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US Army 14th Armored Division shoulder sleeve patch with tank and red lightning bolt

Object | Accession Number: 2004.749.8

Shoulder sleeve insignia, 14th Armored Division, United States Army, known as the Liberators, of the type used during World War II. The patch design was used by all Armored divisions, with the division number, in this case 14, at the apex of the triangle. The colors represent the military branches that form an armored division: yellow for cavalry, blue for infantry, and red for artillery. The symbols represent the characteristics: the tank track, mobility and armor protection; the cannon, fire power; and the red flash of lightning, shock action. The 14th Division landed in Marseilles, France on October 29, 1944, and entered combat along the French-Italian border. They advanced into Germany in December 1944. Between May 2 and 3, 1945, the 14th liberated several subcamps of Dachau concentration camp. Near the towns of Ampfing and Muhldorf, the Division discovered four large underground munitions plants and three large forced labor camps, housing thousands of Polish and Soviet prisoners. The Division also liberated two other camps nearby, one holding Jewish female prisoners and the other holding 1,500 Jewish prisoners, of whom only 900 could walk. The Division became known as Liberators because they liberated thousands of concentration camp prisoners and Allied prisoners of war in 1945. When Germany surrendered on May 7, 1945, the Division was processing prisoners of war in Germany. The Division was placed on occupation duty until inactivated on September 16, 1945. This Division was only active during WWII.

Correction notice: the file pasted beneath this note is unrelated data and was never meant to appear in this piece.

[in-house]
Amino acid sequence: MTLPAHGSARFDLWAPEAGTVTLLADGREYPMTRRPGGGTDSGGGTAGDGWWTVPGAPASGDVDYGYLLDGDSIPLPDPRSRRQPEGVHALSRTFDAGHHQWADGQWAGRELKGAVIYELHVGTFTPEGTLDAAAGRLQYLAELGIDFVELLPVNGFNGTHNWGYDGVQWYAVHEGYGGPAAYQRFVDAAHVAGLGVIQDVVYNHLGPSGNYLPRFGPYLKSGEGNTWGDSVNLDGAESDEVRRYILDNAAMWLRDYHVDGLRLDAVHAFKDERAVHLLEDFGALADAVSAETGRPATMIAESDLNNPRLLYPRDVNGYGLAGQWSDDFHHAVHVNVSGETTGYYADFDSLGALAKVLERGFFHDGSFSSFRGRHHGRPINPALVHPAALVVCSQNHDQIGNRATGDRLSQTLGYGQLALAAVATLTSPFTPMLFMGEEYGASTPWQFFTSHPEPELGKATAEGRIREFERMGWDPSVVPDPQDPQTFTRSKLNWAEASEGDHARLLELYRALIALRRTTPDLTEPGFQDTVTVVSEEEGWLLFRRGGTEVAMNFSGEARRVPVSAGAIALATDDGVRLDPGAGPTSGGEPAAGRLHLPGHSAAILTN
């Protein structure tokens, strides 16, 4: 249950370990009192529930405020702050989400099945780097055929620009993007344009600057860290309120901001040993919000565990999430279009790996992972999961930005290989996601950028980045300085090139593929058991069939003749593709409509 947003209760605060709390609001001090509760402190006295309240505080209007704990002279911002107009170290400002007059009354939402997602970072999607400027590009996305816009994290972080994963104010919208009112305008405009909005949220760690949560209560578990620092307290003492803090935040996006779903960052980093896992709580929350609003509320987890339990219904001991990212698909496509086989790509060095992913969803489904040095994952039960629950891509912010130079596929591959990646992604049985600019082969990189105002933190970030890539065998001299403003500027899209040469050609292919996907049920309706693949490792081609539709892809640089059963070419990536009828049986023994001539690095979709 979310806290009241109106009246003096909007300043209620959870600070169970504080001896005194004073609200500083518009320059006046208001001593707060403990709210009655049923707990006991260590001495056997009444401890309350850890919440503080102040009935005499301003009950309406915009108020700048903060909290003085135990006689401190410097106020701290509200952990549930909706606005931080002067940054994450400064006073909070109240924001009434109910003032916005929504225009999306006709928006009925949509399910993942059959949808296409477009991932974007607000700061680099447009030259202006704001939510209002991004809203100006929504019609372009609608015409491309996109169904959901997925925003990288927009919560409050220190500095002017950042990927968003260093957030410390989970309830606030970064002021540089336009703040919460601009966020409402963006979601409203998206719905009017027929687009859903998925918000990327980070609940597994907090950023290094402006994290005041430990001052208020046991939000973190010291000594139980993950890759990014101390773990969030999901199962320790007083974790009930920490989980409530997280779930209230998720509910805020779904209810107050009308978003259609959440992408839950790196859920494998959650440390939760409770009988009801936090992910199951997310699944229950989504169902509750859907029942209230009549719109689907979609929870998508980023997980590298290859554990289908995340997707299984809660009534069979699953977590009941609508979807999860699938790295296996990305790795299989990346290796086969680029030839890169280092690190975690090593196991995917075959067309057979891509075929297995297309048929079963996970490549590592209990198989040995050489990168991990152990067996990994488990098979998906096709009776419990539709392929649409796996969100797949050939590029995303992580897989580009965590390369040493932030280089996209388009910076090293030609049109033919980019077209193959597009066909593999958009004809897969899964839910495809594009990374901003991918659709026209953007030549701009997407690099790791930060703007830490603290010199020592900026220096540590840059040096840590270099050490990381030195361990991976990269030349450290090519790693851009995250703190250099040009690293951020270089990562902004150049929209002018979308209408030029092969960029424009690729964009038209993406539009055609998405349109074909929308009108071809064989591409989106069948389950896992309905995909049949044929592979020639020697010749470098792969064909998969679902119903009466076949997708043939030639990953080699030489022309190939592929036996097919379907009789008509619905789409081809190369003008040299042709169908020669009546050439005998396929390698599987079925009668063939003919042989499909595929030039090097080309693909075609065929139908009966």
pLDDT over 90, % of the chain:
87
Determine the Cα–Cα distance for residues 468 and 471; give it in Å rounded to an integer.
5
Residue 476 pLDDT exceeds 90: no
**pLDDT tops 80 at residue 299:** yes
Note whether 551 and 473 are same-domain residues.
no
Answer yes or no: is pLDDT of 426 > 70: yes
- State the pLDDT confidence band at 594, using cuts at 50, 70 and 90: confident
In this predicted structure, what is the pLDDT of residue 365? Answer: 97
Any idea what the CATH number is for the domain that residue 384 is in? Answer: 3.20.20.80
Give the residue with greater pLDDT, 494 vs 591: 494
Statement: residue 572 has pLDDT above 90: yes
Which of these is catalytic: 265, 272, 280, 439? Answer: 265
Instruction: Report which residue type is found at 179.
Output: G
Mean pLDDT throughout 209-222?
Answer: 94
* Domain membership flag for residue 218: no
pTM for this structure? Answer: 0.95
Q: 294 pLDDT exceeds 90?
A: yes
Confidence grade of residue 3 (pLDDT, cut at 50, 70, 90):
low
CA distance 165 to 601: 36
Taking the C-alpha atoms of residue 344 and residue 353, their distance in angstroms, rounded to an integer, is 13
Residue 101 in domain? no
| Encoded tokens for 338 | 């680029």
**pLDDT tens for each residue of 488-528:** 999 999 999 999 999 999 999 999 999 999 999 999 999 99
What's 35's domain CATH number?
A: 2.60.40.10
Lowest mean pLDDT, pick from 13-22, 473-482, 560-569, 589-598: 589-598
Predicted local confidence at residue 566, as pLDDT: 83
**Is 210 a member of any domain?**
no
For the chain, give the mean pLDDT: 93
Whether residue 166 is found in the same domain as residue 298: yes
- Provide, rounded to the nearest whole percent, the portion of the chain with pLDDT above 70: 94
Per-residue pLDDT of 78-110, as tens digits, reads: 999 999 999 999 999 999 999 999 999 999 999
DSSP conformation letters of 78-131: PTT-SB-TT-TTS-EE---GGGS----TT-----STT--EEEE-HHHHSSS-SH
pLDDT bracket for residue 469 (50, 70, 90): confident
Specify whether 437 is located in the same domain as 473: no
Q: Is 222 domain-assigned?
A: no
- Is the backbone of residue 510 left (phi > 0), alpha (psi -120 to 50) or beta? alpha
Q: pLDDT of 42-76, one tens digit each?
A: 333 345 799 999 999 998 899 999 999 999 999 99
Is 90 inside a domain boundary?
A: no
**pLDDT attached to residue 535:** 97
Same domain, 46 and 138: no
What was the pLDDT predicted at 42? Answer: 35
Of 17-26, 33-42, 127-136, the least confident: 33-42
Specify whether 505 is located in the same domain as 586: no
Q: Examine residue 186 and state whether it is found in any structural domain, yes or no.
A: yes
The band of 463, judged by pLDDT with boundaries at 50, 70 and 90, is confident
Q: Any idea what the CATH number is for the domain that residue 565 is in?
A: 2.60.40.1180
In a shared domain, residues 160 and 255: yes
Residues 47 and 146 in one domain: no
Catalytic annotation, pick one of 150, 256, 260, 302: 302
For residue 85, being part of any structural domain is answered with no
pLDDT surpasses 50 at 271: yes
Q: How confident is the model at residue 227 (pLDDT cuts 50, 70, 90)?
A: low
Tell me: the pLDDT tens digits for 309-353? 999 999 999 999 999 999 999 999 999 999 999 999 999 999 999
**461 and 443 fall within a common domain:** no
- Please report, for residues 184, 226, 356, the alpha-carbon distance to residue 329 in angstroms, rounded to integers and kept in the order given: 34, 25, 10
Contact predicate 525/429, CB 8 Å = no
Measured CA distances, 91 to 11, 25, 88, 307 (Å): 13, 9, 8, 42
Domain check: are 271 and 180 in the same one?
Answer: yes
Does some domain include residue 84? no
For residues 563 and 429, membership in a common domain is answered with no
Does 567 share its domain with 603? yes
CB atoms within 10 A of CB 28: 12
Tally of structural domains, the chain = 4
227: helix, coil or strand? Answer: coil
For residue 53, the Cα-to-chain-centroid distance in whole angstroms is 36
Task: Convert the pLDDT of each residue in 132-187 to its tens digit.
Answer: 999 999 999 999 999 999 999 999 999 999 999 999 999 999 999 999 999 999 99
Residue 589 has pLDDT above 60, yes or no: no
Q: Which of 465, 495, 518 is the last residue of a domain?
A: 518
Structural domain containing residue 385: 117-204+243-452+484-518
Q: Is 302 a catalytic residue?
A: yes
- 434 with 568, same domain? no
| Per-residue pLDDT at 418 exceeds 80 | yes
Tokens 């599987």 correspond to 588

Military Insignia
Credit Line
United States Holocaust Memorial Museum Collection
Record last modified: 2021-02-10 09:18:08
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